Review by Phyllis King
In the guise of governess, she travels to the family seat, Wishtide, deep in the frozen Lincolnshire countryside, where she soon discovers that the Calderstones have more to hide than most. As their secrets unfold, the case takes an unpleasant turn when a man is found dead outside a tavern. Mrs Rodd’s keen eyes and astute wits are taxed as never before in her search for the truth – which carries her from elite drawing rooms to London’s notorious inns and its steaming laundry houses.
Mrs. Laetitia (Letty) Rodd is a middle-aged widow whose beloved husband, Matt, died two years earlier. He had been an Archdeacon and, on his death, she had found herself in reduced circumstances. Thus she had come to live in a poorer part of town with her landlady, and now friend, Mrs. Bennett.
Letty’s brother Fred, is a barrister and employs her from time to time as a private investigator. As the book opens, Fred has a new case for her. Charles Calderstone , son of Sir James, is infatuated by a ‘totally unsuitable’ woman, Mrs. Helen Orme. Sir James wants her investigated and so Letty is sent to Lincolnshire to investigate, going ‘undercover’ as the family’s governess.
All is not quite as it seems in this wealthy society family. Sir James spends much of his time absent from the family. The lady of the house is isolated and has very little say, either in the running of the house, or in the education of her daughters and she has an insolent French maid, Therese.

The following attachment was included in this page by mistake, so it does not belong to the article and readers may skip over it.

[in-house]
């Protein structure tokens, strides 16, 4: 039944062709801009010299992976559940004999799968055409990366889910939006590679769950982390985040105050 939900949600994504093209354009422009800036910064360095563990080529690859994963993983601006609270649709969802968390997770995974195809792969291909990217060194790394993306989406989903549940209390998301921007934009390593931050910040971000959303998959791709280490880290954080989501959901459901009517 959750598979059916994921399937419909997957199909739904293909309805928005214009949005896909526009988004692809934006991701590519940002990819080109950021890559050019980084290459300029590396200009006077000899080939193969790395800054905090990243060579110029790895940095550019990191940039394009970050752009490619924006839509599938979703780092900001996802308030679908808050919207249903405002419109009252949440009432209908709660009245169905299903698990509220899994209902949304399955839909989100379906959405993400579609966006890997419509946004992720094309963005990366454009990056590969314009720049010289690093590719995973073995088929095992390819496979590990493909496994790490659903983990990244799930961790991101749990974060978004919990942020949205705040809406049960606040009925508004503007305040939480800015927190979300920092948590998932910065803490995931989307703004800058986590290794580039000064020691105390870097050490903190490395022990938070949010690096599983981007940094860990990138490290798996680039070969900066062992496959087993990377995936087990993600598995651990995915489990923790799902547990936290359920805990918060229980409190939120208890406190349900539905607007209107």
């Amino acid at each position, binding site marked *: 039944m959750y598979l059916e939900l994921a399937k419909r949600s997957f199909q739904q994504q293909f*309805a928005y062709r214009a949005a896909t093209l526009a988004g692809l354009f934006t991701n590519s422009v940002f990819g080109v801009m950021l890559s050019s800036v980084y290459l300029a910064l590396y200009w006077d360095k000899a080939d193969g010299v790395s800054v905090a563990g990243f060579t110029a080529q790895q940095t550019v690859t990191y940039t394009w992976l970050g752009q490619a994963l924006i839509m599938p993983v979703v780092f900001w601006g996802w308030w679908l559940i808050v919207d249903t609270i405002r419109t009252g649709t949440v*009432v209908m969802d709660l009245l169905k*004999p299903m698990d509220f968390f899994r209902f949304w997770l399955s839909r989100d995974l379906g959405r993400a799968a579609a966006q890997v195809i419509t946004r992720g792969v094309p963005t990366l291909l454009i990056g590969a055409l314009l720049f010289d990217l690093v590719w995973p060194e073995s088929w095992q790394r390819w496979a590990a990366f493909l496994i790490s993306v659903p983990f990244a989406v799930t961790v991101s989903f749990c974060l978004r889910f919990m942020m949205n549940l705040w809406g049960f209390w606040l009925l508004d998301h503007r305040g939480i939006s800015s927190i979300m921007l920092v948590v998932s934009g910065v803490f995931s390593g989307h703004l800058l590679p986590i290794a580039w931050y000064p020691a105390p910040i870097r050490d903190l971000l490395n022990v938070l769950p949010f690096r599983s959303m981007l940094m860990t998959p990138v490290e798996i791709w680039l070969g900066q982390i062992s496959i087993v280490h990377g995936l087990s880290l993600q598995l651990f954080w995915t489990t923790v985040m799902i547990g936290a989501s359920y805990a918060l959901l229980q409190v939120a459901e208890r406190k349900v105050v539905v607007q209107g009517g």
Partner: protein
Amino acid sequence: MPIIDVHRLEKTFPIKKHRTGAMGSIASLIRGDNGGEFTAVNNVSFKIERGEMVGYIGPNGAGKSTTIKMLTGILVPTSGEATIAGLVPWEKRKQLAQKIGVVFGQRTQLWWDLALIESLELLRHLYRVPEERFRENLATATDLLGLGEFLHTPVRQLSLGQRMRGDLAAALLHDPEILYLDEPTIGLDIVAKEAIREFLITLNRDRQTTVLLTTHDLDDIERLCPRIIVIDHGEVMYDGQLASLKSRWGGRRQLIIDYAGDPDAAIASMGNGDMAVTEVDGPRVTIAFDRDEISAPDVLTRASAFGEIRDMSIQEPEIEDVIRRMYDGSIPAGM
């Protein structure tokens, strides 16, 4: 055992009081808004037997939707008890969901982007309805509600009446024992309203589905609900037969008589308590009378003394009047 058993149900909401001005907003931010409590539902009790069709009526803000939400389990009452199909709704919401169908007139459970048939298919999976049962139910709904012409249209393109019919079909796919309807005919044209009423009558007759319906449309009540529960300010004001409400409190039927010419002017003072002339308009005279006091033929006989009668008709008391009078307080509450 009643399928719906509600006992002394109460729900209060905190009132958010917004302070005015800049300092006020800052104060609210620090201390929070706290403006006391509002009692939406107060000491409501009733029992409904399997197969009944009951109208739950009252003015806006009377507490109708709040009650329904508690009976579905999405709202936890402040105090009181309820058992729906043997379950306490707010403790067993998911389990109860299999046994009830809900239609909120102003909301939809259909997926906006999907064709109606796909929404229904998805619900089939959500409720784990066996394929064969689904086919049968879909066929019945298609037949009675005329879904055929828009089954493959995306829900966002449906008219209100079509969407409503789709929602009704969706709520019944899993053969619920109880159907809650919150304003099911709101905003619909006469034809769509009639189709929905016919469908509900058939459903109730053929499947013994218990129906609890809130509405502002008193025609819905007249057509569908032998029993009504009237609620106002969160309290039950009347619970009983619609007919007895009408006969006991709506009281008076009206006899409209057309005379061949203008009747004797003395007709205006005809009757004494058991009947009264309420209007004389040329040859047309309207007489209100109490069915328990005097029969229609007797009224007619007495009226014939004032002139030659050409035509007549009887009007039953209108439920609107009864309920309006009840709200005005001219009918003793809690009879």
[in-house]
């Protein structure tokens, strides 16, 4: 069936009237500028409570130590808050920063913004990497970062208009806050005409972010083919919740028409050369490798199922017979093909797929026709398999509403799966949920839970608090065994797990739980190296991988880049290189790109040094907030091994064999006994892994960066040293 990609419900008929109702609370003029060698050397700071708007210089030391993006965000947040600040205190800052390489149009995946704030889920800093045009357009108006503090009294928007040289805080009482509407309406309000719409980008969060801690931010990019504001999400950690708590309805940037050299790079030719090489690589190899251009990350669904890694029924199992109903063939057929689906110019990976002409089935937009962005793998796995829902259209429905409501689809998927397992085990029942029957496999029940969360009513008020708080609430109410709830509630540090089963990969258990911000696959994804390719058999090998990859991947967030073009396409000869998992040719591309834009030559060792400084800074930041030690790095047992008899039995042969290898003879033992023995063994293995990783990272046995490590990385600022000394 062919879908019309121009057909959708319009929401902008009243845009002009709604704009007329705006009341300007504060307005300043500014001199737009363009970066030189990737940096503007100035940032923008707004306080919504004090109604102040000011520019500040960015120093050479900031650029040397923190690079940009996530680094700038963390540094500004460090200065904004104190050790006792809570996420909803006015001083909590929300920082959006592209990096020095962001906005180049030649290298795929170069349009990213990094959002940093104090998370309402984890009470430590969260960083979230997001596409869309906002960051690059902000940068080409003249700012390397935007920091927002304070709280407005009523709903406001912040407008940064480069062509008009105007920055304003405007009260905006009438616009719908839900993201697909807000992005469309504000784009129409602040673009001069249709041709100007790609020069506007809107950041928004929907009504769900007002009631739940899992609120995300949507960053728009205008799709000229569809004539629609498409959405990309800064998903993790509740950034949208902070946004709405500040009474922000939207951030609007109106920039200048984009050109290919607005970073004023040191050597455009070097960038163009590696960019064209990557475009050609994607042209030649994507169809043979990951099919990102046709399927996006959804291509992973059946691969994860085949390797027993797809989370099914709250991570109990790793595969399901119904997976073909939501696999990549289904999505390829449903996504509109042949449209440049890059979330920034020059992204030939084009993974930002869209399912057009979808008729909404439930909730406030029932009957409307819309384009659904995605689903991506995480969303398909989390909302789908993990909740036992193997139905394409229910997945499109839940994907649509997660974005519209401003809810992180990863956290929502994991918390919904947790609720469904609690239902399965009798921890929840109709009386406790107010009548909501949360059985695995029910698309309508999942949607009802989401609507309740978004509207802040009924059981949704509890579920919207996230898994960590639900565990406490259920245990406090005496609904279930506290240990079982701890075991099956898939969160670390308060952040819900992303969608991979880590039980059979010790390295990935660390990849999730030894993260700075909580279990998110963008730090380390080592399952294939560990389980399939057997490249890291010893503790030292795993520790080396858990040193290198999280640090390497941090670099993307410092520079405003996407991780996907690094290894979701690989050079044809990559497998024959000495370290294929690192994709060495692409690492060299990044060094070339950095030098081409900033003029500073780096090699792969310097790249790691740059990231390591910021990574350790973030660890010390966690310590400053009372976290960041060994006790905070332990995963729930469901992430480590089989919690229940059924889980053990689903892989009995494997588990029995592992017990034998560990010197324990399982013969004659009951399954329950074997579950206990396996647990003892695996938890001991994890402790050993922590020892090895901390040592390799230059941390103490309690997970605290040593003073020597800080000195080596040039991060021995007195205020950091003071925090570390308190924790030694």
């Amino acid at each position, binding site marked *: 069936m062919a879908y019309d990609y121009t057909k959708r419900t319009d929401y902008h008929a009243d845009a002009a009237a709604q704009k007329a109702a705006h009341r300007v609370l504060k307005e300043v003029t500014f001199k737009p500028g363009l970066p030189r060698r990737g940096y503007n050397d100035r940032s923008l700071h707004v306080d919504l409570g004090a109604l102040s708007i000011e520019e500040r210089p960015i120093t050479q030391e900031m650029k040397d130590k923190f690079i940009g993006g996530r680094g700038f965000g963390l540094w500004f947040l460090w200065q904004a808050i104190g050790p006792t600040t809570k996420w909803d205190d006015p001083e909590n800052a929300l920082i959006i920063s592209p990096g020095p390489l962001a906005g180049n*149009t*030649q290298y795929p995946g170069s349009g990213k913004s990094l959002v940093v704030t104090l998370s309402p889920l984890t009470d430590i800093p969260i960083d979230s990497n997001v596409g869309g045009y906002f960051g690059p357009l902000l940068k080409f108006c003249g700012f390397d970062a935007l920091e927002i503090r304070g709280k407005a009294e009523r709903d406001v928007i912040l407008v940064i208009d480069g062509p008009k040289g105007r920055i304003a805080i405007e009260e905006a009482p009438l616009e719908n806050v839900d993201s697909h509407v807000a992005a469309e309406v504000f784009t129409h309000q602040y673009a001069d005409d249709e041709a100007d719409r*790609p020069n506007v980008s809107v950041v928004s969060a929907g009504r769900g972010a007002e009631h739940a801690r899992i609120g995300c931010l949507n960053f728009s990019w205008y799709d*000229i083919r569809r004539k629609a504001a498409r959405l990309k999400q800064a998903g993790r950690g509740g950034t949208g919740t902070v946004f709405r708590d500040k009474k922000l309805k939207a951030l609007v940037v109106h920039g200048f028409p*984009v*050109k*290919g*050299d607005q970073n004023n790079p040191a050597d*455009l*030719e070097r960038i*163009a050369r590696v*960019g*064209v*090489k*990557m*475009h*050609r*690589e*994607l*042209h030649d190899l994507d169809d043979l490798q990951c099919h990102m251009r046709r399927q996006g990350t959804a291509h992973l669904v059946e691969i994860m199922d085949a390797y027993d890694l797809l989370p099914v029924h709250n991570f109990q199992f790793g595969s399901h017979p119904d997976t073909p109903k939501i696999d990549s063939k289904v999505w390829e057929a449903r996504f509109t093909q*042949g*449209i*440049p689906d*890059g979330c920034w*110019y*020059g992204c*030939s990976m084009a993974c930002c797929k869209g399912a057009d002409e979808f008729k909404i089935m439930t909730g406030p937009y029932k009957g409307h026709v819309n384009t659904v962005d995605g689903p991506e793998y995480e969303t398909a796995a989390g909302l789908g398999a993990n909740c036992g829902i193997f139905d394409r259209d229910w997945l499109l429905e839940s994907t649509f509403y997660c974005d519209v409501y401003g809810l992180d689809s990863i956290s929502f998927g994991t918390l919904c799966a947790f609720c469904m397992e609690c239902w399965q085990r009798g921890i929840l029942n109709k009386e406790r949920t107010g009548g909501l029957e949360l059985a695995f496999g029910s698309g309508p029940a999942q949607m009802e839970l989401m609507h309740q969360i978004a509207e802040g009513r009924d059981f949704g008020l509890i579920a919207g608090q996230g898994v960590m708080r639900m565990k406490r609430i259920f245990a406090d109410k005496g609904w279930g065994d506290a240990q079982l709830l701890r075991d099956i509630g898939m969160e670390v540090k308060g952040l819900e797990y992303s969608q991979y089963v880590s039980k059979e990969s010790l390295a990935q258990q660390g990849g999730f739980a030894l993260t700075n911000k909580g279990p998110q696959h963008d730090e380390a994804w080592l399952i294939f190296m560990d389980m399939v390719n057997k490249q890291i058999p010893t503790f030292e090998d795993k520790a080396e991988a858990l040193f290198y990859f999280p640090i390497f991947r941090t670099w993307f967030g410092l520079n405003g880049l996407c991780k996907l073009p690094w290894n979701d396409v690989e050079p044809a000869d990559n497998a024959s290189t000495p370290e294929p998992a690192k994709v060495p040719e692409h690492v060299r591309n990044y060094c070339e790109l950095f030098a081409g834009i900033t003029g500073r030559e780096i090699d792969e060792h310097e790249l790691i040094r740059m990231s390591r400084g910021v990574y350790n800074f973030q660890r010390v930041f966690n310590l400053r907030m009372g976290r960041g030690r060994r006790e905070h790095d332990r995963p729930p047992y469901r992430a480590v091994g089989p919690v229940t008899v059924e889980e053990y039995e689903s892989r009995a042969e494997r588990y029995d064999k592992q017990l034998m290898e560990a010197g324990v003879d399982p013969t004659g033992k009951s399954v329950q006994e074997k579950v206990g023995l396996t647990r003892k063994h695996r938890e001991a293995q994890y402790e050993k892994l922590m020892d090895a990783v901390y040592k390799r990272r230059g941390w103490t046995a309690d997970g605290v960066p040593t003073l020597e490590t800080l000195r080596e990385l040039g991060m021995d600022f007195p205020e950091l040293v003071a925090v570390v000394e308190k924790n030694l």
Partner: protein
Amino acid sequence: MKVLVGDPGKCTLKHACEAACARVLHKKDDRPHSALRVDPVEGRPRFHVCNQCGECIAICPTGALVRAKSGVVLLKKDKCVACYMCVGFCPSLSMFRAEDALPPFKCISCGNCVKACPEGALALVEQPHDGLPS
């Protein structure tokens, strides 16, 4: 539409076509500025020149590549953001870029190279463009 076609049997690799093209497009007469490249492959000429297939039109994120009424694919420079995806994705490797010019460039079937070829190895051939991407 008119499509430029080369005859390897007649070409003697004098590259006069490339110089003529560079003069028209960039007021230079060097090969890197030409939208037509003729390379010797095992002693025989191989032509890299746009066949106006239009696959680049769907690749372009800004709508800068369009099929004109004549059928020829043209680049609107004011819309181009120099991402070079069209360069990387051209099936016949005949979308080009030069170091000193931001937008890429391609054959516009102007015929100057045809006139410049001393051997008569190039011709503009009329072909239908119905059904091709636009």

Letty meets Mrs. Orme and finds her a pleasant and respectable woman who has no intention of allowing Charles to marry her. And so Letty reports and returns to London. This is not the end of the matter, however. Sir James receives several blackmail letters, and Letty returns to Lincolnshire. Two murders follow, for one of which Charles Calderstone is arrested. Letty is convinced he is not guilty and, as she determines to prove it, she follows several intriguing family plots which eventually put her own life in danger.
There is, however, one aspect with which I struggled. A story needs to be true to its place and time. It is 1850 and, while there are feminist rumblings in England and the first petition for women’s suffrage was presented in 1851, women were still the property of men. Their domain was domestic, no natter how clever they were. Therefore, it is difficult to accept that an inspector from the Metropolitan Police would allow himself to be ordered about by a woman who has instincts which ultimately turn out to be true but are not always backed by solid clues. Inspector Thomas Blackbeard is a man far ahead of his time.
That quibble aside, this is an enjoyable well-written yarn in the ‘cosy’ tradition. Characters are well drawn and the mystery interesting. Letty is a likeable heroine whose future exploits it will be interesting to follow.